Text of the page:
1.153. Yet did not he touch that money, nor any thing else that was there reposited; but he commanded the ministers about the temple, the very next day after he had taken it, to cleanse it, and to perform their accustomed sacrifices. Moreover, he made Hyrcanus high priest, as one that not only in other respects had showed great alacrity, on his side, during the siege, but as he had been the means of hindering the multitude that was in the country from fighting for Aristobulus, which they were otherwise very ready to have done; by which means he acted the part of a good general, and reconciled the people to him more by benevolence than by terror. 1.169. After this Gabinius brought Hyrcanus to Jerusalem, and committed the care of the temple to him; but ordained the other political government to be by an aristocracy. 1.170. He also parted the whole nation into five conventions, assigning one portion to Jerusalem, another to Gadara, that another should belong to Amathus, a fourth to Jericho, and to the fifth division was allotted Sepphoris, a city of Galilee. So the people were glad to be thus freed from monarchical government, and were governed for the future by an aristocracy. 2.80. 1. But now came another accusation from the Jews against Archelaus at Rome, which he was to answer to. It was made by those ambassadors who, before the revolt, had come, by Varus’s permission, to plead for the liberty of their country; those that came were fifty in number, but there were more than eight thousand of the Jews at Rome who supported them. 2.81. And when Caesar had assembled a council of the principal Romans in Apollo’s temple, that was in the palace (this was what he had himself built and adorned, at a vast expense), the multitude of the Jews stood with the ambassadors, and on the other side stood Archelaus, with his friends; 2.82. but as for the kindred of Archelaus, they stood on neither side; for to stand on Archelaus’s side, their hatred to him, and envy at him, would not give them leave, while yet they were afraid to be seen by Caesar with his accusers. 2.83. Besides these, there were present Archelaus’ brother Philip, being sent thither beforehand, out of kindness by Varus, for two reasons: the one was this, that he might be assisting to Archelaus; and the other was this, that in case Caesar should make a distribution of what Herod possessed among his posterity, he might obtain some share of it. 2.84. 2. And now, upon the permission that was given the accusers to speak, they, in the first place, went over Herod’s breaches of their law, and said that he was not a king, but the most barbarous of all tyrants, and that they had found him to be such by the sufferings they underwent from him; that when a very great number had been slain by him, those that were left had endured such miseries, that they called those that were dead happy men; 2.85. that he had not only tortured the bodies of his subjects, but entire cities, and had done much harm to the cities of his own country, while he adorned those that belonged to foreigners; and he shed the blood of Jews, in order to do kindnesses to those people who were out of their bounds; 2.86. that he had filled the nation full of poverty, and of the greatest iniquity, instead of that happiness and those laws which they had anciently enjoyed; that, in short, the Jews had borne more calamities from Herod, in a few years, than had their forefathers during all that interval of time that had passed since they had come out of Babylon, and returned home, in the reign of Xerxes: 2.87. that, however, the nation was come to so low a condition, by being inured to hardships, that they submitted to his successor of their own accord, though he brought them into bitter slavery; 2.88. that accordingly they readily called Archelaus, though he was the son of so great a tyrant, king, after the decease of his father, and joined with him in mourning for the death of Herod, and in wishing him good success in that his succession; 2.89. while yet this Archelaus, lest he should be in danger of not being thought the genuine son of Herod, began his reign with the murder of three thousand citizens; as if he had a mind to offer so many bloody sacrifices to God for his government, and to fill the temple with the like number of dead bodies at that festival: 2.90. that, however, those that were left after so many miseries, had just reason to consider now at last the calamities they had undergone, and to oppose themselves, like soldiers in war, to receive those stripes upon their faces [but not upon their backs, as hitherto]. Whereupon they prayed that the Romans would have compassion upon the [poor] remains of Judea, and not expose what was left of them to such as barbarously tore them to pieces, 2.91. and that they would join their country to Syria, and administer the government by their own commanders, whereby it would [soon] be demonstrated that those who are now under the calumny of seditious persons, and lovers of war, know how to bear governors that are set over them, if they be but tolerable ones. 2.117. 1. And now Archelaus’s part of Judea was reduced into a province, and Coponius, one of the equestrian order among the Romans, was sent as a procurator, having the power of [life and] death put into his hands by Caesar. 2.405. 1. This advice the people hearkened to, and went up into the temple with the king and Bernice, and began to rebuild the cloisters; the rulers also and senators divided themselves into the villages, and collected the tributes, and soon got together forty talents, which was the sum that was deficient. 4.552. but Cerealis, one of his commanders, took a body of horsemen and footmen, and laid waste that part of Idumea which was called the Upper Idumea, and attacked Caphethra, which pretended to be a small city, and took it at the first onset, and burnt it down. He also attacked Capharabim, and laid siege to it, 6.113. yet did that discourse influence a great many of the better sort; and truly some of them were so afraid of the guards sent by the seditious, that they tarried where they were, but still were satisfied that both they and the city were doomed to destruction. Some also there were who, watching for a proper opportunity when they might quietly get away, fled to the Romans, 6.114. of whom were the high priests Joseph and Jesus, and of the sons of high priests three, whose father was Ishmael, who was beheaded in Cyrene, and four sons of Matthias, as also one son of the other Matthias, who ran away after his father’s death, and whose father was slain by Simon the son of Gioras, with three of his sons, as I have already related; many also of the other nobility went over to the Romans, together with the high priests. 6.115. Now Caesar not only received these men very kindly in other respects, but, knowing they would not willingly live after the customs of other nations, he sent them to Gophna, and desired them to remain there for the present, and told them, that when he was gotten clear of this war, he would restore each of them to their possessions again; 6.116. o they cheerfully retired to that small city which was allotted them, without fear of any danger. But as they did not appear, the seditious gave out again that these deserters were slain by the Romans,—which was done in order to deter the rest from running away, by fear of the like treatment. 6.117. This trick of theirs succeeded now for a while, as did the like trick before; for the rest were hereby deterred from deserting, by fear of the like treatment.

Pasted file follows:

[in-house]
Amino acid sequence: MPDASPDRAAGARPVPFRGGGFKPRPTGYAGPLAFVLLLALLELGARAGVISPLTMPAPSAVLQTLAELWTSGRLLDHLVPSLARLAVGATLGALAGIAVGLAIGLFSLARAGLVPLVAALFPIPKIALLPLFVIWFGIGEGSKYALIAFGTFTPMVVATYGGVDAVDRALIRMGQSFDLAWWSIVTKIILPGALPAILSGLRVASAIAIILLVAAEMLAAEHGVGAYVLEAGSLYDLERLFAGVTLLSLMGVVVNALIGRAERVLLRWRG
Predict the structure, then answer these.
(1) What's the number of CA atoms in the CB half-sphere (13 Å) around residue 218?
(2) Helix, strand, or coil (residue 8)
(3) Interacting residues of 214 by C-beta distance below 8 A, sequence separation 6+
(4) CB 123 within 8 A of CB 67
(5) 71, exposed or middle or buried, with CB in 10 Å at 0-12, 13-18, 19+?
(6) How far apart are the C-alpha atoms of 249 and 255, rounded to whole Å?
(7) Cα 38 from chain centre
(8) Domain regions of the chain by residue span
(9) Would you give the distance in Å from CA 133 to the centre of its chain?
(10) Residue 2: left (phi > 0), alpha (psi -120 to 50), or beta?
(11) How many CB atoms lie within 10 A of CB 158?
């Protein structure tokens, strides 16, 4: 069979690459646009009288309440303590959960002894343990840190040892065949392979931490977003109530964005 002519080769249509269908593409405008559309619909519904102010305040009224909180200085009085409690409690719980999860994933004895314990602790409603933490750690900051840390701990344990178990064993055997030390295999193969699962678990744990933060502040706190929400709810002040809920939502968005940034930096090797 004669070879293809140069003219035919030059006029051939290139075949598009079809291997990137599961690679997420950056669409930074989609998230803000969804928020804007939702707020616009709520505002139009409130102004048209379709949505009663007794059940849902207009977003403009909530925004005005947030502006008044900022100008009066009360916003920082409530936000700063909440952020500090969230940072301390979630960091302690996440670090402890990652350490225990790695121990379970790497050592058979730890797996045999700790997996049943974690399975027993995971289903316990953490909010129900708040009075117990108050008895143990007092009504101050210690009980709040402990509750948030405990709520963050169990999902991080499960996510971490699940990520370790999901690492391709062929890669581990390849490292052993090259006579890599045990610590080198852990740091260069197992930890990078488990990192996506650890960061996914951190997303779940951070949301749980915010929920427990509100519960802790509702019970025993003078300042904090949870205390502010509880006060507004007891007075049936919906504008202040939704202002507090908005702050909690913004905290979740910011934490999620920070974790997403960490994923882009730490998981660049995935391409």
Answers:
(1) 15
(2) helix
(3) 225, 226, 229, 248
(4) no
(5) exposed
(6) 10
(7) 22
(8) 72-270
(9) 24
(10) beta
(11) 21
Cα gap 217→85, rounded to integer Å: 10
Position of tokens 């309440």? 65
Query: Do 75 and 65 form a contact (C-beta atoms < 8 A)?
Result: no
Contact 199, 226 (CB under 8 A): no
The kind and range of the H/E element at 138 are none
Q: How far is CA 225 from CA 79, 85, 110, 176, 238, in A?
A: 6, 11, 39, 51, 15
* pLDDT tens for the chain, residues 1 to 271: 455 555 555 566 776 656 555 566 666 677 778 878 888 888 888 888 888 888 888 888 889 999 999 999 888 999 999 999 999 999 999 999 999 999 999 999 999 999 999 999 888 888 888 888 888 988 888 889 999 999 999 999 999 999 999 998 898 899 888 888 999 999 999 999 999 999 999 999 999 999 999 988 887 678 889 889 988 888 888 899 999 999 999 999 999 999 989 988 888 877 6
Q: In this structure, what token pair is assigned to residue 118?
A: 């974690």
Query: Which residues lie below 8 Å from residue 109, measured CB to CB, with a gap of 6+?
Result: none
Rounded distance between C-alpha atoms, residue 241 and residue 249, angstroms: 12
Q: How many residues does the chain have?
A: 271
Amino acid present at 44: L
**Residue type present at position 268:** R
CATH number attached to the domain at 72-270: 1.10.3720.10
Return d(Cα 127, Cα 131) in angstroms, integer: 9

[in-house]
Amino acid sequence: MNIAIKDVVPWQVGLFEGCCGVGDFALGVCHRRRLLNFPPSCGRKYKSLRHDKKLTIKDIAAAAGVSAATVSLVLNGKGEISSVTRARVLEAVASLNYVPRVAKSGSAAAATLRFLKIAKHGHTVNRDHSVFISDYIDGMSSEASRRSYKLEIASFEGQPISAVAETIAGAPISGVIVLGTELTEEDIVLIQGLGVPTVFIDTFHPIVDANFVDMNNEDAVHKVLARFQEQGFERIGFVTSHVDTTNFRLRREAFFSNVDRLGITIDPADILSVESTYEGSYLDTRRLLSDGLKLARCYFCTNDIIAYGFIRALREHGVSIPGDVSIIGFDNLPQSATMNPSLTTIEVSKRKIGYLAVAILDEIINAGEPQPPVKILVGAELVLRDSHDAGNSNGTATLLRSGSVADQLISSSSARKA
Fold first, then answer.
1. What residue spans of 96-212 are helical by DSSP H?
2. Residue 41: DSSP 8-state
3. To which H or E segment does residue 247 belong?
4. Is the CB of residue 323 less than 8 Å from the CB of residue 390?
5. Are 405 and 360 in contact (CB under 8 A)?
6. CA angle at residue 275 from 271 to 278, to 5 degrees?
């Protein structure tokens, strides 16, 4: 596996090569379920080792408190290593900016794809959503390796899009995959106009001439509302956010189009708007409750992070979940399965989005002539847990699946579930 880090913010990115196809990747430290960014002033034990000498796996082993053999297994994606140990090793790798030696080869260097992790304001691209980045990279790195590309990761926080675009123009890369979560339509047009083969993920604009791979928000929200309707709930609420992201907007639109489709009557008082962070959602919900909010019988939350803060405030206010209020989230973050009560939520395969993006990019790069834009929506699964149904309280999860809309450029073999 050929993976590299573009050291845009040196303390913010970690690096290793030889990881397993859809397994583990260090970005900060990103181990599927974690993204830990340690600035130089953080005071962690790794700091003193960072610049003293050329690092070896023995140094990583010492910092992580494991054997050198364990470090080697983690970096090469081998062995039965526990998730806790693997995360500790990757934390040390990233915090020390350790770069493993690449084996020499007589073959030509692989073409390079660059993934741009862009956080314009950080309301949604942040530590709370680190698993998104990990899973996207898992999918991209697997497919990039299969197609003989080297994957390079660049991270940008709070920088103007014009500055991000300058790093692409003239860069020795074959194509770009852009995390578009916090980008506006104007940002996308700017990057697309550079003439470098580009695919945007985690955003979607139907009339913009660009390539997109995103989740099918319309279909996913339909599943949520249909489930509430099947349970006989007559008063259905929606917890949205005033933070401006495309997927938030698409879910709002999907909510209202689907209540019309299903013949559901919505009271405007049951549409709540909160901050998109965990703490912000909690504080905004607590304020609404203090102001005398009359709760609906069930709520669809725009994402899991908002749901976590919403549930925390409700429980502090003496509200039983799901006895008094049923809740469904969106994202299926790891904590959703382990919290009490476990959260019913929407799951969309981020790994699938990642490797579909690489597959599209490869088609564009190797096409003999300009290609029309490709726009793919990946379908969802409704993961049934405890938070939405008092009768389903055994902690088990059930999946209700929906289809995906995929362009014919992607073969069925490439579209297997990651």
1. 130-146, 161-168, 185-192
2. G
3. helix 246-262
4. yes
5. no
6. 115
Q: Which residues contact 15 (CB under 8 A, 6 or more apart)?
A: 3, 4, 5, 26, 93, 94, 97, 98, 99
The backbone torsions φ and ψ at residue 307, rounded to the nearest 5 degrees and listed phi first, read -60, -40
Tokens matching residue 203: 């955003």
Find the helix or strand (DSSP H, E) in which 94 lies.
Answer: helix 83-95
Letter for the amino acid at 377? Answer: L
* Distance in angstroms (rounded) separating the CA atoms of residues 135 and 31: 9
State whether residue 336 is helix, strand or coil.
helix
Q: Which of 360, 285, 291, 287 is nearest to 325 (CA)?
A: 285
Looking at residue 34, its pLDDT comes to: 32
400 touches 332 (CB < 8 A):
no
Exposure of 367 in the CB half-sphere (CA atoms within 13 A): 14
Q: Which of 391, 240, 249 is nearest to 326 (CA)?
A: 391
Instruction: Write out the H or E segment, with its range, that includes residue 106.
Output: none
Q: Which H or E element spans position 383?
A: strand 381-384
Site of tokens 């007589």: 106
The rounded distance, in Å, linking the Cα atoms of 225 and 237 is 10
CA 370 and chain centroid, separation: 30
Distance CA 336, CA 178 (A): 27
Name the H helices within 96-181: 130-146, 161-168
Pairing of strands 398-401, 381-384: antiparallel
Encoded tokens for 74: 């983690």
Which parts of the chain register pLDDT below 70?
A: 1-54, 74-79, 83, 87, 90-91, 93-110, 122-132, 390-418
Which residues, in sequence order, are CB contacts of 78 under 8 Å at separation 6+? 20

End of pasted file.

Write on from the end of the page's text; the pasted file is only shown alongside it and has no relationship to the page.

49. Mishnah, Demai, 6.3-6.5 (1st cent. CE - 3rd cent. CE)  Tagged with subjects: •priests, in judea, as an empowered class •priests, in judea, as landholders •sacred land, in judea, of priests Found in books: Gordon (2020), Land and Temple: Field Sacralization and the Agrarian Priesthood of Second Temple Judaism, 197